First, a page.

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Importance of indigenous knowledge within teacher education topic of Feb. 10 lecture

February 3, 2012
EAU CLAIRE — The importance of indigenous knowledge systems within teacher education will be the topic of a lecture this month at the University of Wisconsin-Eau Claire.

Dr. Lisa Poupart, associate professor of humanistic studies and chair of First Nations studies at UW-Green Bay, and Menominee Tribal Elder Napos will speak from 10-11:30 a.m. Feb. 10 in the Council Fire Room of Davies Center. The presentation will kick off the spring Interdisciplinary Conversations Guest Speaker Series hosted by the UW-Eau Claire College of Education and Human Sciences and the American Indian Studies program.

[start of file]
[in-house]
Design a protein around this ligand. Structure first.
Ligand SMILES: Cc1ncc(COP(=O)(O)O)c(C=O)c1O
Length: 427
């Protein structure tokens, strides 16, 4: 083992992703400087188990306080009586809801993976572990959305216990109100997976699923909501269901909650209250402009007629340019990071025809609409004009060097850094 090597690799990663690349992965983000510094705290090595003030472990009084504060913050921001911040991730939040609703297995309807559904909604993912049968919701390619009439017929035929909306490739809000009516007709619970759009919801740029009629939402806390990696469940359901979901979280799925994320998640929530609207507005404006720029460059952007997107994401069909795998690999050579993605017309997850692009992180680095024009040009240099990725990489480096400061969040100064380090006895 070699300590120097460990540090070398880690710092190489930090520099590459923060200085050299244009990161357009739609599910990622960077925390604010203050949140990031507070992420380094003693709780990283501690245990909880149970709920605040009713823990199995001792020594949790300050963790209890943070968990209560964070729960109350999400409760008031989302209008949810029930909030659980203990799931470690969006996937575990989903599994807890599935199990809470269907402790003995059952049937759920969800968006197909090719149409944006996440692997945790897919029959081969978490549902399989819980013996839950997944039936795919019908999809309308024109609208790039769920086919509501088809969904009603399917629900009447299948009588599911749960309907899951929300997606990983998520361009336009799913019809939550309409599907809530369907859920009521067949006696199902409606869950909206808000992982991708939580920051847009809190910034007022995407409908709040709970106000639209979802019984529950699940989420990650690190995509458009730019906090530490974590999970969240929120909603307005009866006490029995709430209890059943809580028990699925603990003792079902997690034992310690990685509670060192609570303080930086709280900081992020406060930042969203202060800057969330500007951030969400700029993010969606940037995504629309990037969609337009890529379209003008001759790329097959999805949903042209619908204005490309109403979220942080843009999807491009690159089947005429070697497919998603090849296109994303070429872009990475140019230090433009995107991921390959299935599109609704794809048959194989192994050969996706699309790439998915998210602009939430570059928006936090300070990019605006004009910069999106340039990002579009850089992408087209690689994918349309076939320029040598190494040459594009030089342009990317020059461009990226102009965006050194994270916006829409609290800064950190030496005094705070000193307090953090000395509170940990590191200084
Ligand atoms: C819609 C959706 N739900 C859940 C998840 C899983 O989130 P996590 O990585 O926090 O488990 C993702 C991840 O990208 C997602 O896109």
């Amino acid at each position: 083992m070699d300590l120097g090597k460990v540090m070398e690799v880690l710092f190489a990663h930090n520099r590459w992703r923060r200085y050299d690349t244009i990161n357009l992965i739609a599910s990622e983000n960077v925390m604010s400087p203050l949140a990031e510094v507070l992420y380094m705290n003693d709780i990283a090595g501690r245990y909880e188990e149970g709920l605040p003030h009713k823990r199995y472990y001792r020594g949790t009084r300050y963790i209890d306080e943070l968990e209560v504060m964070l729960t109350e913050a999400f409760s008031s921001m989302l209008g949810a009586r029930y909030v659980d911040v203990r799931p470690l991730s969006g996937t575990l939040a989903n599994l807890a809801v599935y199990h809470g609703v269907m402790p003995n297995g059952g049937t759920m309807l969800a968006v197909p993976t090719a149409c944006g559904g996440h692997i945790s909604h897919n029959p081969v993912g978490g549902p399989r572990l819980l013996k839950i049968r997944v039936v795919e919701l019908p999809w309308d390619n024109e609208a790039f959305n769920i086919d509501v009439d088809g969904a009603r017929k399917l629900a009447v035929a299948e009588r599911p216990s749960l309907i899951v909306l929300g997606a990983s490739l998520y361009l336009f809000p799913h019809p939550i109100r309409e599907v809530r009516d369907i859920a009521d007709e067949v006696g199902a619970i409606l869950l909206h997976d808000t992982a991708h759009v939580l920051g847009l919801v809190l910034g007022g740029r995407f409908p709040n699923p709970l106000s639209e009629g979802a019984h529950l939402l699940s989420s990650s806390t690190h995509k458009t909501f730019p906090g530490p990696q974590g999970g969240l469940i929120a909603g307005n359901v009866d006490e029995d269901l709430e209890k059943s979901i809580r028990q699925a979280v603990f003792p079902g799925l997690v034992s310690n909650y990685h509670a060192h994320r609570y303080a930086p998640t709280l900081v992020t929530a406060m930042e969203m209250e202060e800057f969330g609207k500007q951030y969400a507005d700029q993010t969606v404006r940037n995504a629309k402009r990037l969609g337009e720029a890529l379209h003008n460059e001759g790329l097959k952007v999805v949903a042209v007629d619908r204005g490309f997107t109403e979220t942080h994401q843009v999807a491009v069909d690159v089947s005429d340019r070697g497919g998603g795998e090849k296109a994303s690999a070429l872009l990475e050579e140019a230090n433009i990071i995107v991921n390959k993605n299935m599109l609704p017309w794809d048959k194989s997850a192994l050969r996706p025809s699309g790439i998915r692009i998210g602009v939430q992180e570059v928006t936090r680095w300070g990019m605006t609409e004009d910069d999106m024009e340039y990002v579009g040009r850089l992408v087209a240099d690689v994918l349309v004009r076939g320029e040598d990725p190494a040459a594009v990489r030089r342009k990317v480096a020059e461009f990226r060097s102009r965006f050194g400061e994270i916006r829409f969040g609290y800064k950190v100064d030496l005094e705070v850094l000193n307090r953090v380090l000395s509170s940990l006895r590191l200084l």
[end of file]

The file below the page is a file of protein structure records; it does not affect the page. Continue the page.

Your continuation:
Poupart is an enrolled member of the Lac Du Flambeau Band of Lake Superior Anishinabe (Ojibwe). Her primary research at UW-Green Bay focuses on internalized oppression in American Indian communities and the social problems that stem from this phenomenon, including domestic violence, childhood sexual abuse, addictions and juvenile delinquency.

Napos is a Menominee Nation Elder and an oral traditional Elder scholar-in-residence at UW-Green Bay's Education Center for First Nations Studies. He also is an ad hoc instructor in First Nations studies.

The lecture series is sponsored by the UW-Eau Claire Academic Affairs Professional Development Program, the Office of Research and Sponsored Programs, Affirmative Action office, College of Education and Human Sciences, the American Indian studies program and the departments of education studies and kinesiology.

The presentation is free and open to the public.

For more information, contact Incho Lee at


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